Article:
Fence to Stay Down at La Costa/Carbon Beaches

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It’s a decades-long story centering on two vacant adjacent lots between Carbon and La Costa beaches at 21704 and 21714 Pacific Coast Highway (PCH), which are now controlled by state agencies.

Last spring, residents in that vicinity replaced a dilapidated fence along that stretch of sand without obtaining permits. Within days, the new fence was gone, removed by the Mountains Recreation and Conservation Authority (MRCA), which then opted to open the stretch as a public beach access point—without trash cans, restrooms, or a gate. The move was just the latest conflict between the public agency and Malibu residents. 

While residents express concern about sanitation, safety, and privacy in their neighborhoods, the MRCA’s belief in expanding public access to access natural areas drove their decision to immediately open the stretch for visitors.

A group of La Costa and Carbon Beach residents had it with the MRCA and its sister state agency, the Santa Monica Mountains Conservancy (SMMC). The homeowners formed their own unincorporated association—Citizens for the Responsible use of Carbon and La Costa Beaches—and filed a writ of mandate and complaints for injunctive relief with the Superior Court of the State of California on July 21. 

In it, they asked for the agencies to restore the six-foot fence, apply for a coastal development permit (CDP) with the City of Malibu to open the beach access for daytime use only by the public, and comply with monitoring, policing, and maintenance near the beach access.

“My clients just want the [MRCA/SMMC] to comply with what they already agreed to do,” attorney Alan Block said in a phone interview at the time, referring to an agreement forged back in 2000 specifying that the state agencies in charge of those lots must put in place certain accommodations for the public before making it accessible. 

Block asserted that, by not replacing the removed fence, the agencies had allowed unrestricted public beach access without any public accommodations—which may have included a stairway down to the beach over large boulders, as well as trash cans, public restroom facilities, or signage. By opening the lots to the public at that time, the lawsuit also said the agencies “failed to comply with Coastal Act and CEQA [California Environmental Quality Act] requirements.”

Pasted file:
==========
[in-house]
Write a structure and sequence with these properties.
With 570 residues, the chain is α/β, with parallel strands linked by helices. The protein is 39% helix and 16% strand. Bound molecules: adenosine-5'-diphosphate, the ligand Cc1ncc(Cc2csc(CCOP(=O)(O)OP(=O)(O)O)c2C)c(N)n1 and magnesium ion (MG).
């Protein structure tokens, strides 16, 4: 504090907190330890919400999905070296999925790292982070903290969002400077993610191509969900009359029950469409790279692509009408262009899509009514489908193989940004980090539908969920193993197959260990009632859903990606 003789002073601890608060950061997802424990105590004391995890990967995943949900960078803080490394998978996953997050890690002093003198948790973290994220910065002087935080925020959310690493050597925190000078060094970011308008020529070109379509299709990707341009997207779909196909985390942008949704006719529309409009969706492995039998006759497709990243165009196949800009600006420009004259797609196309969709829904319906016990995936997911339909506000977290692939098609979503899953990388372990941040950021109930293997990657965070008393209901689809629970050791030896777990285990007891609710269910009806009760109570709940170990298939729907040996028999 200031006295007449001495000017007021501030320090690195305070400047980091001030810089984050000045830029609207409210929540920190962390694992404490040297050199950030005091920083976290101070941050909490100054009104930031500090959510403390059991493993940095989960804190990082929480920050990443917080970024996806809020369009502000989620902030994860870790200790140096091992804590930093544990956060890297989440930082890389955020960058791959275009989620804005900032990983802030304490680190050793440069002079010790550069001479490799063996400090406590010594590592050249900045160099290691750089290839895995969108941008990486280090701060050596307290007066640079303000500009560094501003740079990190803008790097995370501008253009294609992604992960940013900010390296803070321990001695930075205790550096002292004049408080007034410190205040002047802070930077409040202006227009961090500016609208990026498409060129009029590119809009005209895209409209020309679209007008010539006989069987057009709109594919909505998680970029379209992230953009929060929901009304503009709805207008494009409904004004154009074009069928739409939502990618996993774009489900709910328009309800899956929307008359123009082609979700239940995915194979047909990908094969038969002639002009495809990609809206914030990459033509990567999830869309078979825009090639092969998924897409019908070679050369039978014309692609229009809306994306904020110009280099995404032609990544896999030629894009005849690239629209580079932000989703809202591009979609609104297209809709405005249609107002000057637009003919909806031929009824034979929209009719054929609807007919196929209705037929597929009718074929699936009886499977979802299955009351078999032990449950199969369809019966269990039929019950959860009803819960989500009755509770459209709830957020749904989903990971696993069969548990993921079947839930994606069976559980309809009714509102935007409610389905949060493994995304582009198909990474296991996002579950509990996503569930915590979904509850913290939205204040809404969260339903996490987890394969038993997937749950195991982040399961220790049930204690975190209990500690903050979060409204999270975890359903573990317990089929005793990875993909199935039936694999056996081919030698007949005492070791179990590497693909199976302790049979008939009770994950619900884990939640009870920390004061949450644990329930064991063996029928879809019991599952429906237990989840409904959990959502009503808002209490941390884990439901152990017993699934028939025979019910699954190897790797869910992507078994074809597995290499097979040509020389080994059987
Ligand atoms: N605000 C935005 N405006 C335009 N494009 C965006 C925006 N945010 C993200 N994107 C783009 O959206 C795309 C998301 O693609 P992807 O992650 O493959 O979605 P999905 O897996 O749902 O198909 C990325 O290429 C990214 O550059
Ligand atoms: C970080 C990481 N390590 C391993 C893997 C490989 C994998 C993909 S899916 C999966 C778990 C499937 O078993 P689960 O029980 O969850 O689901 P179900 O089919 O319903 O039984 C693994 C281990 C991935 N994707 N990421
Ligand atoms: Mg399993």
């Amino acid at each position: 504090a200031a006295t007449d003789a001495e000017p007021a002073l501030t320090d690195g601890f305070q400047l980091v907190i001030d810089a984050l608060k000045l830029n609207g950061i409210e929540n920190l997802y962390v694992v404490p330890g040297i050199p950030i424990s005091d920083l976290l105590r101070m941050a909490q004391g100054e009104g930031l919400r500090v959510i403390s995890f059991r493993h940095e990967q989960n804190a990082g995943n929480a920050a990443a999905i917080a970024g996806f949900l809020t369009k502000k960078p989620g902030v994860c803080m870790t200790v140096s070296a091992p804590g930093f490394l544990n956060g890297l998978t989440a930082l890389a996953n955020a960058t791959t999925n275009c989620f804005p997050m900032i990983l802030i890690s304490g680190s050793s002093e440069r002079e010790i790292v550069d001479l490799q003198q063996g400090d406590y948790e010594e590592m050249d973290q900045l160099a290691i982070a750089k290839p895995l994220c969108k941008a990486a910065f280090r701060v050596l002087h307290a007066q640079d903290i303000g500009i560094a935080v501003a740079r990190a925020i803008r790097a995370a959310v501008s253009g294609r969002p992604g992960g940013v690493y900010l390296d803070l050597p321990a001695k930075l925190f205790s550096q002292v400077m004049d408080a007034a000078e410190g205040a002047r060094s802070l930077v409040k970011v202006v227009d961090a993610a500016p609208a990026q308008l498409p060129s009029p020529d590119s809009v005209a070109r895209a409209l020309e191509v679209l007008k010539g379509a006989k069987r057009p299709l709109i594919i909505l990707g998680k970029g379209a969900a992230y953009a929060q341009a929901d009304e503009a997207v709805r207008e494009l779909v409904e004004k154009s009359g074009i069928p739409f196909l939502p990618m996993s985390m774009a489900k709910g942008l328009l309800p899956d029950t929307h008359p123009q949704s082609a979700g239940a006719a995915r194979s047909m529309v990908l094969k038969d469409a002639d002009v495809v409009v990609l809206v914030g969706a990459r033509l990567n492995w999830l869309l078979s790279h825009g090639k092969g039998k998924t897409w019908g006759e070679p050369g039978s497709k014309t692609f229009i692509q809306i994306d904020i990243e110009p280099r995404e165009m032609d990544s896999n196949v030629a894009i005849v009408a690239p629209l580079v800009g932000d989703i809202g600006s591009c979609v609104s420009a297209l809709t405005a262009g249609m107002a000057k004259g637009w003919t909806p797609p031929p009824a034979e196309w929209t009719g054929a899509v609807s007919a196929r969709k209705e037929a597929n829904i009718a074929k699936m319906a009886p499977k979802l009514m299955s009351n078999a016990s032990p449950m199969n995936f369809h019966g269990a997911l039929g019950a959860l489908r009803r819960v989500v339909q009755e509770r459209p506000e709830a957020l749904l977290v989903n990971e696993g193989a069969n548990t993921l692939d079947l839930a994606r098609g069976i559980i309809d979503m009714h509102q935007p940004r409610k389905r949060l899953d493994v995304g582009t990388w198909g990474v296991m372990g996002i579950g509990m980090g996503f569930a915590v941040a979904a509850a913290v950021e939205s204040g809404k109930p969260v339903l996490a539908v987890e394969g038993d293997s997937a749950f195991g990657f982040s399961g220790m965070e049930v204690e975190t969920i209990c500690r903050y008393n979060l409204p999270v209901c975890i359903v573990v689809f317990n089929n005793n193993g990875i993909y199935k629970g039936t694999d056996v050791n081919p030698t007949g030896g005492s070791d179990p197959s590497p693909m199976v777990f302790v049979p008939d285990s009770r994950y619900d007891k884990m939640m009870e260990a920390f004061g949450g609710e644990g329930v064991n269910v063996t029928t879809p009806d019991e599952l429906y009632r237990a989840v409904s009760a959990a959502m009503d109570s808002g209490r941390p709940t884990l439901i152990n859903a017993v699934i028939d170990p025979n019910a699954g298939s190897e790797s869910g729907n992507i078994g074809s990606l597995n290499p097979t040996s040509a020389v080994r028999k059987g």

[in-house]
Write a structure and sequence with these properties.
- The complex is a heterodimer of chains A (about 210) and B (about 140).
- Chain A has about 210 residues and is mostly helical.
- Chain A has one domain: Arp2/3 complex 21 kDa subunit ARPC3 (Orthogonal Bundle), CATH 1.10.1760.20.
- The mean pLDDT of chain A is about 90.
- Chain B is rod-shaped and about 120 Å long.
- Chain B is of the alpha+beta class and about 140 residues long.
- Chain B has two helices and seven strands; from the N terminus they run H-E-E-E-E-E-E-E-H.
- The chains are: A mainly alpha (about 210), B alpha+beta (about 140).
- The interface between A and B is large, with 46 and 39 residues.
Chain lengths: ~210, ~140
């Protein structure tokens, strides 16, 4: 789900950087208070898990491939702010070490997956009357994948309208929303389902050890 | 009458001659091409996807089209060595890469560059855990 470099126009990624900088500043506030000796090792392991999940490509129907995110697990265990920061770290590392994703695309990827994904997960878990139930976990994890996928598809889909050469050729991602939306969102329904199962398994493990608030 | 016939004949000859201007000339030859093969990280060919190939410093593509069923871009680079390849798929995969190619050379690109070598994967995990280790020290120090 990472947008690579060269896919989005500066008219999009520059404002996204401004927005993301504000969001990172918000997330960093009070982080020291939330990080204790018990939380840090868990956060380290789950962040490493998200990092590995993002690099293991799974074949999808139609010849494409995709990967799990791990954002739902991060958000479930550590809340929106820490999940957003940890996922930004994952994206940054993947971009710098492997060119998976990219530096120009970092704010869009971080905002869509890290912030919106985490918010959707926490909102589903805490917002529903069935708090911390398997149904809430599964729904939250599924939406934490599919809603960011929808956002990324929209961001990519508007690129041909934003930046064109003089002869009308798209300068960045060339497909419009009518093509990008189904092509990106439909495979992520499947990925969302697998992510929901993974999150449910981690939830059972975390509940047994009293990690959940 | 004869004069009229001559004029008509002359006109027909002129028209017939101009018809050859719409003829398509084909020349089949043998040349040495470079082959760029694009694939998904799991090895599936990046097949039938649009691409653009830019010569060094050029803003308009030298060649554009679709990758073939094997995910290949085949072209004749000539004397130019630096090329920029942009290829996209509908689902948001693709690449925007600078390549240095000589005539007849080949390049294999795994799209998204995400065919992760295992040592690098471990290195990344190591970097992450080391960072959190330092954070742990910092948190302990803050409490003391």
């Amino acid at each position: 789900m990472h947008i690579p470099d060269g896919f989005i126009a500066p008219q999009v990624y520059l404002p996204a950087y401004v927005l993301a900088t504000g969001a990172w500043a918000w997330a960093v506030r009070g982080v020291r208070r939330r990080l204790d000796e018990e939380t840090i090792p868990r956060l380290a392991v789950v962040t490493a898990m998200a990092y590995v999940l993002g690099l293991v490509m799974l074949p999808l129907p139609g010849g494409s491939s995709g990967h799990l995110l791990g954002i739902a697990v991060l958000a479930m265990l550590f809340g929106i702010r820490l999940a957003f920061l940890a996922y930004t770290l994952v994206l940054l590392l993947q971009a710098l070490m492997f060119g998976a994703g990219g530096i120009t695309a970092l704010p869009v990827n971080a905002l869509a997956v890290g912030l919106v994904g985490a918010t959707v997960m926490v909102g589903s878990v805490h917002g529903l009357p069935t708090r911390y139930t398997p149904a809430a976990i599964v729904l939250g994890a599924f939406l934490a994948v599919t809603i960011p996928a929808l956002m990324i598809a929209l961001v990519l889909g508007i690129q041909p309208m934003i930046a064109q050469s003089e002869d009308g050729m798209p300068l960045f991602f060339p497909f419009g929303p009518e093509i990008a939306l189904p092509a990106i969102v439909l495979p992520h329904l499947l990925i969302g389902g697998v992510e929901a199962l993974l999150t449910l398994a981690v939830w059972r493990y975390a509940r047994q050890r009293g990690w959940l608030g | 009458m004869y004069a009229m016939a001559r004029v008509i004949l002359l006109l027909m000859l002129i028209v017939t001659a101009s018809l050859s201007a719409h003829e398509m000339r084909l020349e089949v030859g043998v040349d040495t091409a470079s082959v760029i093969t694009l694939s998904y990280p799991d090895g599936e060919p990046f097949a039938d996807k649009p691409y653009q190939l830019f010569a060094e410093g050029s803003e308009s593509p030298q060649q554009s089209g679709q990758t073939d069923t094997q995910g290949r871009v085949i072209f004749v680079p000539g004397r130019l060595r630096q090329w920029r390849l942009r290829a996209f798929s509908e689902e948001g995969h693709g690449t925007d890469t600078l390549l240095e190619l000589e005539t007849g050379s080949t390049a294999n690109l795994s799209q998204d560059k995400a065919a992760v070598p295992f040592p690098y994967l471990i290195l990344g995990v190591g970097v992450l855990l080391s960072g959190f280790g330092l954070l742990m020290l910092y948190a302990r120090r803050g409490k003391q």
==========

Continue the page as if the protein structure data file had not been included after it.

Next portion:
The court, under the Hon. Mary H. Strobel, issued its opinion on Nov. 30, 2021. Based on the law and various legal precedents, she wrote that MRCA/SMMC had no ministerial duty under the Coastal Act to keep the “illegally constructed fence” in place, and that they also had no ministerial duty to apply for a City of Malibu permit. 

Strobel noted that the California Coastal Commission didn’t object to the MRCA’s removal of the “illegal fence,” and in fact advised SMMC that the wrought iron gate on the adjacent public parcel should also be removed for public access.

The court rejected the idea that the fence removal failed to comply with CEQA.

The head of MRCA/SMMC, Joe Edmiston, immediately sent a memo to his staff and the coastal commission claiming “total victory for the Santa Monica Mountains Conservancy and public access,” who won their case  “against the private property owners trying to close-off Billionaire’s Beach.” He also thanked his legal team, noting the “superior lawyering” of Mitchell Rishe (deputy attorney general) and MRCA attorneys Angelica Ochoa, Elena Eger and Mario Sandoval.

In additional action, the homeowners asserted that unrestricted public access was causing a number of adverse nuisance impacts, including excessive demand for parking on PCH in the vicinity of the state-owned lots and long-term and overnight parking of RVs and campers next to the beach. In addition, they reported increased trash and litter in the vicinity. They claimed increased threats to public safety because of the state-owned lots being submerged during high tide. 

According to residents, there were instances of people trespassing on private property, including private beach areas, stairs, decks, and beneath decks and residences along the beach. In addition, increased criminal activity on and near the state-owned lots was observed, resident said, including alcohol and marijuana use, theft, vandalism, loud amplified music, public urination and defecation, and overnight camping on the sand. 

In response, the MRCA/SMMC submitted evidence of measures they had taken to address the nuisance concerns since June 2021, saying the MRCA staff now patrols, inspects, and maintains the properties daily, collecting litter, removing graffiti, photographing the condition of the property, and providing on-call ranger services 24/7.

The court said the homeowners failed to make it clear whether the nuisance was public, private, or both, and pointed out that they could always contact law enforcement “whenever third parties trespass or engage in other unlawful conduct at the beach.” The SMMC/MRCA added that as public agencies they are not responsible for the behavior of “third parties” (the public).

The court denied the homeowners’ motion for a mandatory injunction, saying they had failed to show the “significant irreparable injury” necessary to go against public agencies in the performance of their duties. 

Malibu’s liaison to the SMMC, Lloyd Ahern, was not immediately available for comment.